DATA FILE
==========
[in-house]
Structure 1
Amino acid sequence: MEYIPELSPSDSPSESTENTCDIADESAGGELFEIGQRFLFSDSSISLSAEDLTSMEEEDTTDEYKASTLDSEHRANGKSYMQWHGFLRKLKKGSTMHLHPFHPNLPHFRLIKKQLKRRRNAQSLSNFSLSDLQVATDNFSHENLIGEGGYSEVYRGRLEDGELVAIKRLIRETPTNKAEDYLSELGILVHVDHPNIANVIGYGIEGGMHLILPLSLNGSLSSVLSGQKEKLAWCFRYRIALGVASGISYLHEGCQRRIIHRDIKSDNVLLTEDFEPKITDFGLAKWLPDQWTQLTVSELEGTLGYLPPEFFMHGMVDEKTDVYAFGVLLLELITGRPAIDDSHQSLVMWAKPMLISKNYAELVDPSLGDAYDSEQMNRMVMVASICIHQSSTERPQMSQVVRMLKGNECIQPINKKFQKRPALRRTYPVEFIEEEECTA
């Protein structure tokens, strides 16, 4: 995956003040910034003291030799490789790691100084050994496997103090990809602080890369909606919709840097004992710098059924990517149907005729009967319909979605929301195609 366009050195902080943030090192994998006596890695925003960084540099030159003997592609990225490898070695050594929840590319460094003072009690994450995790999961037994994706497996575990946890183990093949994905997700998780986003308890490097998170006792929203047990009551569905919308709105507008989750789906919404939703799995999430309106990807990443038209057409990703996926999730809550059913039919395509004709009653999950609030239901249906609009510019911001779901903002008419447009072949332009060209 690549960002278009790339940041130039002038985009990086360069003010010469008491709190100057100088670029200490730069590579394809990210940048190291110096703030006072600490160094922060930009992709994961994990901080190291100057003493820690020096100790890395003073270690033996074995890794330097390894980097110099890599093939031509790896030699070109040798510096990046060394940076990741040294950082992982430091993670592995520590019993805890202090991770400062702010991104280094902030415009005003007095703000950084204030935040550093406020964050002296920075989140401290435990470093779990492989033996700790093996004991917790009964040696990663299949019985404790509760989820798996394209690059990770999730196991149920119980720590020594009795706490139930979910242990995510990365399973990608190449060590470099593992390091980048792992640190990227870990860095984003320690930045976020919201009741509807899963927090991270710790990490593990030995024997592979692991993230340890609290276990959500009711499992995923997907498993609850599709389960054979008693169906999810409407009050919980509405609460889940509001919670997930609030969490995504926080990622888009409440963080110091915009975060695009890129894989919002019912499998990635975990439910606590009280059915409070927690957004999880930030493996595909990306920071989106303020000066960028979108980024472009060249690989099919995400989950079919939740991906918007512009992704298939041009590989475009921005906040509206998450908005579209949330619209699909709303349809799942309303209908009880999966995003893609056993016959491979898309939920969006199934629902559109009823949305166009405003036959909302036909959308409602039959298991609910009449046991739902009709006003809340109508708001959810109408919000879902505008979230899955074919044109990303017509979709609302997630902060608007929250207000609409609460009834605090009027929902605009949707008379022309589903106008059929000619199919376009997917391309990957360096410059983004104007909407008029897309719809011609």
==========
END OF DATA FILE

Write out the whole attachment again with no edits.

[in-house]
Structure 1
Amino acid sequence: MEYIPELSPSDSPSESTENTCDIADESAGGELFEIGQRFLFSDSSISLSAEDLTSMEEEDTTDEYKASTLDSEHRANGKSYMQWHGFLRKLKKGSTMHLHPFHPNLPHFRLIKKQLKRRRNAQSLSNFSLSDLQVATDNFSHENLIGEGGYSEVYRGRLEDGELVAIKRLIRETPTNKAEDYLSELGILVHVDHPNIANVIGYGIEGGMHLILPLSLNGSLSSVLSGQKEKLAWCFRYRIALGVASGISYLHEGCQRRIIHRDIKSDNVLLTEDFEPKITDFGLAKWLPDQWTQLTVSELEGTLGYLPPEFFMHGMVDEKTDVYAFGVLLLELITGRPAIDDSHQSLVMWAKPMLISKNYAELVDPSLGDAYDSEQMNRMVMVASICIHQSSTERPQMSQVVRMLKGNECIQPINKKFQKRPALRRTYPVEFIEEEECTA
């Protein structure tokens, strides 16, 4: 995956003040910034003291030799490789790691100084050994496997103090990809602080890369909606919709840097004992710098059924990517149907005729009967319909979605929301195609 366009050195902080943030090192994998006596890695925003960084540099030159003997592609990225490898070695050594929840590319460094003072009690994450995790999961037994994706497996575990946890183990093949994905997700998780986003308890490097998170006792929203047990009551569905919308709105507008989750789906919404939703799995999430309106990807990443038209057409990703996926999730809550059913039919395509004709009653999950609030239901249906609009510019911001779901903002008419447009072949332009060209 690549960002278009790339940041130039002038985009990086360069003010010469008491709190100057100088670029200490730069590579394809990210940048190291110096703030006072600490160094922060930009992709994961994990901080190291100057003493820690020096100790890395003073270690033996074995890794330097390894980097110099890599093939031509790896030699070109040798510096990046060394940076990741040294950082992982430091993670592995520590019993805890202090991770400062702010991104280094902030415009005003007095703000950084204030935040550093406020964050002296920075989140401290435990470093779990492989033996700790093996004991917790009964040696990663299949019985404790509760989820798996394209690059990770999730196991149920119980720590020594009795706490139930979910242990995510990365399973990608190449060590470099593992390091980048792992640190990227870990860095984003320690930045976020919201009741509807899963927090991270710790990490593990030995024997592979692991993230340890609290276990959500009711499992995923997907498993609850599709389960054979008693169906999810409407009050919980509405609460889940509001919670997930609030969490995504926080990622888009409440963080110091915009975060695009890129894989919002019912499998990635975990439910606590009280059915409070927690957004999880930030493996595909990306920071989106303020000066960028979108980024472009060249690989099919995400989950079919939740991906918007512009992704298939041009590989475009921005906040509206998450908005579209949330619209699909709303349809799942309303209908009880999966995003893609056993016959491979898309939920969006199934629902559109009823949305166009405003036959909302036909959308409602039959298991609910009449046991739902009709006003809340109508708001959810109408919000879902505008979230899955074919044109990303017509979709609302997630902060608007929250207000609409609460009834605090009027929902605009949707008379022309589903106008059929000619199919376009997917391309990957360096410059983004104007909407008029897309719809011609």